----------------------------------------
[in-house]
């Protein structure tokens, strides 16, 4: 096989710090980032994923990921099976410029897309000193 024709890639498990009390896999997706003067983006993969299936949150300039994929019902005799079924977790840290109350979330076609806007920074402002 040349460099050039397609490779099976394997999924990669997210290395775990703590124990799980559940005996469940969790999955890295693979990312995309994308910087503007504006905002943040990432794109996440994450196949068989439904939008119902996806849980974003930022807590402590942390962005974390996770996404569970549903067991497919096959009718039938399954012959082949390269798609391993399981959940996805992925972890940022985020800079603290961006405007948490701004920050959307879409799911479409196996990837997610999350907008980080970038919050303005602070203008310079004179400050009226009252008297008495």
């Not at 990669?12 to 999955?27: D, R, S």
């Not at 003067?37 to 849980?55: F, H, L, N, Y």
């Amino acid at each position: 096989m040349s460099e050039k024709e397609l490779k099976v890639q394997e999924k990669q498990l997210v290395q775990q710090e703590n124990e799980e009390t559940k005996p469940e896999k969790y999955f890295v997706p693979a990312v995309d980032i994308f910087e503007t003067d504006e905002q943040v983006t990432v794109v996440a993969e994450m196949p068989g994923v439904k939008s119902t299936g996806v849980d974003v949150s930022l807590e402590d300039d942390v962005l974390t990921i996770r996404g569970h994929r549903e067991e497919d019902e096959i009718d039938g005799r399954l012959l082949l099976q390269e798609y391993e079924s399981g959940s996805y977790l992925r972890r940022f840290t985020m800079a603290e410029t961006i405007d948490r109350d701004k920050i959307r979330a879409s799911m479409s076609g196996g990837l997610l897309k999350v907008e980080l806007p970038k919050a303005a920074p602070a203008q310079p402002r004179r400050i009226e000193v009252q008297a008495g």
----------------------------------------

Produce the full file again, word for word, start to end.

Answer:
[in-house]
């Protein structure tokens, strides 16, 4: 096989710090980032994923990921099976410029897309000193 024709890639498990009390896999997706003067983006993969299936949150300039994929019902005799079924977790840290109350979330076609806007920074402002 040349460099050039397609490779099976394997999924990669997210290395775990703590124990799980559940005996469940969790999955890295693979990312995309994308910087503007504006905002943040990432794109996440994450196949068989439904939008119902996806849980974003930022807590402590942390962005974390996770996404569970549903067991497919096959009718039938399954012959082949390269798609391993399981959940996805992925972890940022985020800079603290961006405007948490701004920050959307879409799911479409196996990837997610999350907008980080970038919050303005602070203008310079004179400050009226009252008297008495």
């Not at 990669?12 to 999955?27: D, R, S």
């Not at 003067?37 to 849980?55: F, H, L, N, Y």
């Amino acid at each position: 096989m040349s460099e050039k024709e397609l490779k099976v890639q394997e999924k990669q498990l997210v290395q775990q710090e703590n124990e799980e009390t559940k005996p469940e896999k969790y999955f890295v997706p693979a990312v995309d980032i994308f910087e503007t003067d504006e905002q943040v983006t990432v794109v996440a993969e994450m196949p068989g994923v439904k939008s119902t299936g996806v849980d974003v949150s930022l807590e402590d300039d942390v962005l974390t990921i996770r996404g569970h994929r549903e067991e497919d019902e096959i009718d039938g005799r399954l012959l082949l099976q390269e798609y391993e079924s399981g959940s996805y977790l992925r972890r940022f840290t985020m800079a603290e410029t961006i405007d948490r109350d701004k920050i959307r979330a879409s799911m479409s076609g196996g990837l997610l897309k999350v907008e980080l806007p970038k919050a303005a920074p602070a203008q310079p402002r004179r400050i009226e000193v009252q008297a008495g």